Russian Hackers Steal Data for Months in Global Supply Chain Attacks

Russian Hackers Steal Data for Months in Global Supply Chain Attacks

Russian hackers who stole red team tools from FireEye may have been in action on a much broader scale, operating a sophisticated supply chain campaign targeting multiple global organizations and governments.

FireEye revealed in an update on Sunday that nation state attackers inserted malicious code into legitimate software for SolarWinds’ popular Orion product to gain remote access into victim environments.

Although it didn’t name any victims or the identity of the group, a Reuters report on Sunday citing “people familiar with the matter” pointed the finger at Moscow and claimed that the US Treasury and Commerce departments were both hit.

It’s claimed the attackers may have had access to staff emails since spring.

SolarWinds also confirmed the attack in an advisory over the weekend, and urged users to upgrade as soon as possible. Its software was seeded with a malicious backdoor dubbed “Sunburst” by FireEye.

“The malware masquerades its network traffic as the Orion Improvement Program (OIP) protocol and stores reconnaissance results within legitimate plugin configuration files allowing it to blend in with legitimate SolarWinds activity,” the security vendor explained in a technical blog.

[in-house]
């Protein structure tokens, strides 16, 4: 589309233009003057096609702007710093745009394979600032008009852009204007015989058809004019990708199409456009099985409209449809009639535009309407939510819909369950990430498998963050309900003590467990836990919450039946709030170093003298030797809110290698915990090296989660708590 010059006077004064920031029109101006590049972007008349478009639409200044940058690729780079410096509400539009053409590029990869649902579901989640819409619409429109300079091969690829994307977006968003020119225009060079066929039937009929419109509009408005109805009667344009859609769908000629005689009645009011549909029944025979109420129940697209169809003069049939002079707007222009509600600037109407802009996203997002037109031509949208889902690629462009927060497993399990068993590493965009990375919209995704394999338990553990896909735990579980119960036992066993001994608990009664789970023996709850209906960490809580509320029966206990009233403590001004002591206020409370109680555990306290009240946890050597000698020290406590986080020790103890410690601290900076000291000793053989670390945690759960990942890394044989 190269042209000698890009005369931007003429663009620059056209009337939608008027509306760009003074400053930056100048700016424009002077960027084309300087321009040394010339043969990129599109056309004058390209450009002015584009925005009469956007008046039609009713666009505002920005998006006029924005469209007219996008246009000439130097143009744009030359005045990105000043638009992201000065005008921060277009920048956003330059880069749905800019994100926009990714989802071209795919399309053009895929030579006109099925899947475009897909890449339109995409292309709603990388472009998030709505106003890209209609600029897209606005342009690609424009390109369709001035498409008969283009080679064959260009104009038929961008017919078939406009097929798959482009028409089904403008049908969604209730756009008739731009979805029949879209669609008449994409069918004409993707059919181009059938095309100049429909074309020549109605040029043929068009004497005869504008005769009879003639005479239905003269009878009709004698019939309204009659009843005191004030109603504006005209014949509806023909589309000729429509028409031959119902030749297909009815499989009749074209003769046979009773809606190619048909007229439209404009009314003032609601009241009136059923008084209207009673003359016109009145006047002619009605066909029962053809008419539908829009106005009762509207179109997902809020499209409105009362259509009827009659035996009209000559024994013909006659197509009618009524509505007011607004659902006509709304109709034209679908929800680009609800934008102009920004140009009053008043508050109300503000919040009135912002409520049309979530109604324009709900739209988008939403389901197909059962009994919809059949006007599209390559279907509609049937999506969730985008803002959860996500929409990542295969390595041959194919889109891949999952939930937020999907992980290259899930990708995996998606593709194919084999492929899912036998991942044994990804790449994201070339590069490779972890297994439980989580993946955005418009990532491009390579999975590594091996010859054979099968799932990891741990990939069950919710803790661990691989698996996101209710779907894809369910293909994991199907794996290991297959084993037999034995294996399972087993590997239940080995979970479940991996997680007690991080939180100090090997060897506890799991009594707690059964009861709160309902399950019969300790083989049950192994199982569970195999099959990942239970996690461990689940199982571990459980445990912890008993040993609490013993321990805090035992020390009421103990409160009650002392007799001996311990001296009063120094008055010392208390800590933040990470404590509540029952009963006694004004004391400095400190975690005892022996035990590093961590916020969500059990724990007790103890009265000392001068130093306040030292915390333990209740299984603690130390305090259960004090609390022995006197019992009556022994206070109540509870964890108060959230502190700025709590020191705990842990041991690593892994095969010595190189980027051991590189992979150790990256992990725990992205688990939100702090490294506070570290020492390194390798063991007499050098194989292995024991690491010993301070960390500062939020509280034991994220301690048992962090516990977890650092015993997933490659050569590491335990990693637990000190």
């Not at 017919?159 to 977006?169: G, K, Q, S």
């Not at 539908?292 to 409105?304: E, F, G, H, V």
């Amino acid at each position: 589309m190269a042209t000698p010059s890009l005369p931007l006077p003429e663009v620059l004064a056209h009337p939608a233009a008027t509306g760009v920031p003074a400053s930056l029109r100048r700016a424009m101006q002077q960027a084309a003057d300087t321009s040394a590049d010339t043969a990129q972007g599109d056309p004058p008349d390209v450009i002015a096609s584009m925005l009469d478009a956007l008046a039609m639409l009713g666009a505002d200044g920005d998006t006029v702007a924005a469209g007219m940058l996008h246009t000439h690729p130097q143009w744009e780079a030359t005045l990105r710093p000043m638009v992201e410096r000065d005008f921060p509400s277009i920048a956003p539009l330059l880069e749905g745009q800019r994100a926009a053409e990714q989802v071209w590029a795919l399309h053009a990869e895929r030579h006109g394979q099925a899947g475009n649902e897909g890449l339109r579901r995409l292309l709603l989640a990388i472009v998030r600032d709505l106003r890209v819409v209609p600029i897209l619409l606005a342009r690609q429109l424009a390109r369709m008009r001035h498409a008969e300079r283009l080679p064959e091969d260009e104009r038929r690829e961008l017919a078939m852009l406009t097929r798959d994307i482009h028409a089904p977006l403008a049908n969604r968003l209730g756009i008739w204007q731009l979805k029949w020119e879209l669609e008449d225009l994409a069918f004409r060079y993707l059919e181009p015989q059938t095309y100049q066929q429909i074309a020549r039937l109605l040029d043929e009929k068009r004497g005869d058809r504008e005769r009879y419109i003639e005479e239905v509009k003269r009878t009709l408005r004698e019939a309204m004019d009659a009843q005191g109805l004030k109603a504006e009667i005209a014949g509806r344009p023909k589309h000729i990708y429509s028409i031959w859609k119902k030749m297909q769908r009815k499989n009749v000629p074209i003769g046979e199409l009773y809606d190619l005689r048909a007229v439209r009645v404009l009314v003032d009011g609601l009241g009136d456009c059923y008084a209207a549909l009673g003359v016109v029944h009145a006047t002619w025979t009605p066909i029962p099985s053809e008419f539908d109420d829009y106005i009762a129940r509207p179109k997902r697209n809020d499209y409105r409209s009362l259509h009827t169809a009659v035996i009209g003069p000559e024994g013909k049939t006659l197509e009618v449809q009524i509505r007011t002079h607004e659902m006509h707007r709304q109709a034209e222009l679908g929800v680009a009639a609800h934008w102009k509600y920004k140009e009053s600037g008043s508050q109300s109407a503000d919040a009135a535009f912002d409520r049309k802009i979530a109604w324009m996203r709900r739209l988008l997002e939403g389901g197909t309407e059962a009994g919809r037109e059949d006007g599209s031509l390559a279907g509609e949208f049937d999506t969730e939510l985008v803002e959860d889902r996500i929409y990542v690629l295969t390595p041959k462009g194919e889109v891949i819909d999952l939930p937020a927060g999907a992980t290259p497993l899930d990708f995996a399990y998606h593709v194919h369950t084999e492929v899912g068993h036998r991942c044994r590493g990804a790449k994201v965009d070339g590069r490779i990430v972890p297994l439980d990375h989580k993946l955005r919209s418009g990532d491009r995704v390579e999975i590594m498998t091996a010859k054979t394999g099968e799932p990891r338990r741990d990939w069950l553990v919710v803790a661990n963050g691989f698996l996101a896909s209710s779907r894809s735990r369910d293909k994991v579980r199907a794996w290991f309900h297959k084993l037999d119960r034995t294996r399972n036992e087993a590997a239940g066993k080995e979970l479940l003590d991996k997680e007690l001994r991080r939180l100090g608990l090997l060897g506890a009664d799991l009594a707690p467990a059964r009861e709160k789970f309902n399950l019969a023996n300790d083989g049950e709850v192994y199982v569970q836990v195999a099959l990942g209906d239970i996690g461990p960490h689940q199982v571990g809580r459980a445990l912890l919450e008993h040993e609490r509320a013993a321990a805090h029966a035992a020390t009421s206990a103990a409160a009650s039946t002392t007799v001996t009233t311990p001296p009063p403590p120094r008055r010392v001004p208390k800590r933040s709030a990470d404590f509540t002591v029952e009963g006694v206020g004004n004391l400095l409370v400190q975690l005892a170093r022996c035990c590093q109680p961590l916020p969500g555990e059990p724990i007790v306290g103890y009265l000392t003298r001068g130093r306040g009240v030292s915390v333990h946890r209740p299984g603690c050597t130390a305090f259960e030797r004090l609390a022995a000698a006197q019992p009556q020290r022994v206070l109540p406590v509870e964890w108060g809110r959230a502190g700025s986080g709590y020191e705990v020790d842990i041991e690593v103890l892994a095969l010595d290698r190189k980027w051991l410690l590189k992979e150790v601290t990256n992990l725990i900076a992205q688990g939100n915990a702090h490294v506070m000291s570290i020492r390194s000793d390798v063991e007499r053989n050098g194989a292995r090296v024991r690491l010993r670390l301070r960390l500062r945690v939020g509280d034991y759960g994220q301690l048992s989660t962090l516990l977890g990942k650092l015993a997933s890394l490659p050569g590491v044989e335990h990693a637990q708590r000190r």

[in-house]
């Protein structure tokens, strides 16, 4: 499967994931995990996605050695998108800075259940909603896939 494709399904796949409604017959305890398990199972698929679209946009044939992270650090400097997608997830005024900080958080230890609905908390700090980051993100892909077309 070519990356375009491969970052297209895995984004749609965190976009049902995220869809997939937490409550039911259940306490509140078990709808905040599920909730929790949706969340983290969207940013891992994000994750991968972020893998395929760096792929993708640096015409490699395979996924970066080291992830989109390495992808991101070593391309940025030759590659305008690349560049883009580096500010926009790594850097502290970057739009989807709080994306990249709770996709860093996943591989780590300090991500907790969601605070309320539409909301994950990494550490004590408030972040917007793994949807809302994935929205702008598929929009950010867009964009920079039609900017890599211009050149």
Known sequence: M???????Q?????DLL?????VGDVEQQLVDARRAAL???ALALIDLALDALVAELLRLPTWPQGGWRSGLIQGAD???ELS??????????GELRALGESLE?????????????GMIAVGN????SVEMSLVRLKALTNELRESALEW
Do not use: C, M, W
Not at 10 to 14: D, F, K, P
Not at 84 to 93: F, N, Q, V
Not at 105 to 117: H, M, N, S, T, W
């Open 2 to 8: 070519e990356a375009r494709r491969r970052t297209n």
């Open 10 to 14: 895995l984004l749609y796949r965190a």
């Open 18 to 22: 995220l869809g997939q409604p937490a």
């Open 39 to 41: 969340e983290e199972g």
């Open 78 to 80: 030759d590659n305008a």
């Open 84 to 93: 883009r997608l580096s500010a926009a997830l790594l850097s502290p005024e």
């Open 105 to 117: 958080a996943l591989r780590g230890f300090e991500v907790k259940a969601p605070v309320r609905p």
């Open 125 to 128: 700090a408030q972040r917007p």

“The backdoor uses multiple obfuscated blocklists to identify forensic and anti-virus tools running as processes, services, and drivers.”

The attackers conducted a carefully planned, patient and highly sophisticated campaign based around a light malware footprint, prioritization of stealth and advanced OpSec to cover their tracks and use difficult-to-attribute tools, it added.

“The victims have included government, consulting, technology, telecom and extractive entities in North America, Europe, Asia and the Middle East,” said FireEye. “We anticipate there are additional victims in other countries and verticals.”

It’s unclear what the end goal of the group was, although a New York Times story named it as APT29, or Cozy Bear, which has been associated with previous attacks on the Democratic National Committee in 2016 and COVID-19 vaccine data earlier this year.

The Commerce Department’s National Telecommunications and Information Administration (NTIA), which decides which tech imports and exports to block on national security grounds, was reportedly one of the targets.

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